Plato’s Statesman aims at defining the true art of statesmanship. Within the Statesman, section 291a-303d (which I refer to as the “constitutional” section of the dialogue) is devoted to distinguishing the true statesman from all politicians acting in existing constitutions, for ‘those who participate in all these constitutions’ must be removed ‘as not being statesmen (πολιτικούς) but experts in faction (στασιαστικούς)’ (Plt. 303c). The constitutional section of the Statesman is prefaced by a short passage (291a-c) where the Visitor from Elea, Plato’s main character in the dialogue, depicts the people taking part in these constitutions as resembling ‘lions and centaurs and other such things, and […] satyrs and those animals that are weak but versatile’, adding that ‘they quickly exchange their shapes and capacities’ (291a8-b3). The constitutional section ends with a parallel passage, where, reflecting back on his earlier image, the Visitor notes: ‘So: this is our play, as it were (ὥσπερ δρᾶμα) – as we said just now that there was some band of centaurs and satyrs in view (Kενταυρικὸν καὶ Σατυρικόν τινα θίασον)’ (303c9-d1). Why such a dramatic and awkward description? How is this powerful image of a crowd of lions, centaurs, satyrs and other such beings related to those who take part in oligarchy, democracy and tyranny? And why compare the constitutional section of the Statesman to some kind of dramatic play? Such are the questions addressed in this paper.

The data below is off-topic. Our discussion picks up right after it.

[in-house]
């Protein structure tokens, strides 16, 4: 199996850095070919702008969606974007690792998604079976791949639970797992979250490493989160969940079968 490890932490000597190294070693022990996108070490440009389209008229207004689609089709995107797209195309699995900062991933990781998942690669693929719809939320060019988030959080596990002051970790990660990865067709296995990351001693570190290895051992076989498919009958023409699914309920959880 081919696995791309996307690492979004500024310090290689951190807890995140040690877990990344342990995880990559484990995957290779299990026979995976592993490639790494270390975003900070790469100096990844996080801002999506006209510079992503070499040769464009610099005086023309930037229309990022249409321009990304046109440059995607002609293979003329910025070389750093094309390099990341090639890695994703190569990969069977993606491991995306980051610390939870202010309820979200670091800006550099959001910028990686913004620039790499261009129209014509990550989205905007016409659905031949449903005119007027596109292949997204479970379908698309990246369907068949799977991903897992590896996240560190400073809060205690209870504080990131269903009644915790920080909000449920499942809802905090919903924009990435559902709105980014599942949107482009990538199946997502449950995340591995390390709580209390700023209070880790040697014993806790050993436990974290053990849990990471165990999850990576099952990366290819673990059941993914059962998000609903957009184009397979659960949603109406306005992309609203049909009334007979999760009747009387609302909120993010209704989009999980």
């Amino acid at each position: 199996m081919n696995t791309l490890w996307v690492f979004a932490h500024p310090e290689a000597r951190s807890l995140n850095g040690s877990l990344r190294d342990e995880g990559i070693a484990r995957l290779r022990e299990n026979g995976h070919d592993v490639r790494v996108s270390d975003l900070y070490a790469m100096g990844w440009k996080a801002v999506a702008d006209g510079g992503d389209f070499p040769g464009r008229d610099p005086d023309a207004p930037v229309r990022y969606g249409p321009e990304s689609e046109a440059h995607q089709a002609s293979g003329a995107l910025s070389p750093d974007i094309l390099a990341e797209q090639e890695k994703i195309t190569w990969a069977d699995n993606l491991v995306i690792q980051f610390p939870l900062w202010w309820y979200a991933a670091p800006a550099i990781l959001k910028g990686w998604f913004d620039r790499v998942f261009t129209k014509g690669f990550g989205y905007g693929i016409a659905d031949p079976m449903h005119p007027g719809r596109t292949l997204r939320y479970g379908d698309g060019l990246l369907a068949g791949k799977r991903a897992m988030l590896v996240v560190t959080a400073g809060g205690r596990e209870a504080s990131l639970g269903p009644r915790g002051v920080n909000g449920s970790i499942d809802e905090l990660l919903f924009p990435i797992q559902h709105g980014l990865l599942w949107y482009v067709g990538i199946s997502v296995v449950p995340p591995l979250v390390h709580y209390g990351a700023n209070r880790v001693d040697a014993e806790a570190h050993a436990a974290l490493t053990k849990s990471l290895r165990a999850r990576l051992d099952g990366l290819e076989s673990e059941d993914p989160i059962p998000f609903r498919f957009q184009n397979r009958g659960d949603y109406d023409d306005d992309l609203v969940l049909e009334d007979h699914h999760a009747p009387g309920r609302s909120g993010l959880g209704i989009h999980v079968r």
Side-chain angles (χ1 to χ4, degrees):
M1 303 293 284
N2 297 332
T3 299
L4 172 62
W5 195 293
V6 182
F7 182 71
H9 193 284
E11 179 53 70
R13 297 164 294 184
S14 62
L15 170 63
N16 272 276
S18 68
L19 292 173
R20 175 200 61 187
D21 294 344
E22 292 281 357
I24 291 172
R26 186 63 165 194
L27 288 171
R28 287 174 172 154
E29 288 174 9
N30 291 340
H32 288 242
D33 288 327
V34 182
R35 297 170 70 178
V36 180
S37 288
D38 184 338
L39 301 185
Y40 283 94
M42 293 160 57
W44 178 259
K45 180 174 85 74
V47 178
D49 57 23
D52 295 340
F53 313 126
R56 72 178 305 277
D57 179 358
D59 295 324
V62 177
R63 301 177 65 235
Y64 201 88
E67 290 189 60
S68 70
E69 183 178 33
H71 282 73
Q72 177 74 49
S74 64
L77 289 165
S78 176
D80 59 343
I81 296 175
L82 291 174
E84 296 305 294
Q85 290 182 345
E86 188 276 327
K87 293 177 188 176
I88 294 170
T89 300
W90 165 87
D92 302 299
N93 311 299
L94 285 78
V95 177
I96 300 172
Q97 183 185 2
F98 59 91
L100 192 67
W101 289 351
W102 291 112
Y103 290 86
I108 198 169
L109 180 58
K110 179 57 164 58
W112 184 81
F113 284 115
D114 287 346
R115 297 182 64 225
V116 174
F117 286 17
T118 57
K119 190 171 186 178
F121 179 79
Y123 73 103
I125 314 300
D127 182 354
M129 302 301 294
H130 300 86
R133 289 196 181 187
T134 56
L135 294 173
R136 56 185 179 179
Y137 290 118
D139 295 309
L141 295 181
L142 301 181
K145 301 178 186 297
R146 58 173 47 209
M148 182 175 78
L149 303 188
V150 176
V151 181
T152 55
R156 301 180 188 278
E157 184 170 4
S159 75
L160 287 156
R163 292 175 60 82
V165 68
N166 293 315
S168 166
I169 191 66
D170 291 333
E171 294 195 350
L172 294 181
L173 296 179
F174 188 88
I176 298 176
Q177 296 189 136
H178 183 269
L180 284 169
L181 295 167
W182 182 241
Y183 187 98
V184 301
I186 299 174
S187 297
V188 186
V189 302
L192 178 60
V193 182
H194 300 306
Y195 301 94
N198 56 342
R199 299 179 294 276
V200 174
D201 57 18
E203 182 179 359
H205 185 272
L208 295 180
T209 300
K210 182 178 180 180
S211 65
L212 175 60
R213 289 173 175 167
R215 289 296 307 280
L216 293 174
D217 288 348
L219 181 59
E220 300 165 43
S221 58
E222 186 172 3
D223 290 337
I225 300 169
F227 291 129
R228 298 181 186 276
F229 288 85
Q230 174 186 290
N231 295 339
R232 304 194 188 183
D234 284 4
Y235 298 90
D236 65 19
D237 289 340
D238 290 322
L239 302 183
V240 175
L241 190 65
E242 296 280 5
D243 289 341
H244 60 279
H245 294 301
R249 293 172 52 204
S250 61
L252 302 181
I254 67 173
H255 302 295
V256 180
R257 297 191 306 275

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Workshop in Ancient Philosophy Convenors: Ursula Coope, Simon Shogry and Luca Castagnoli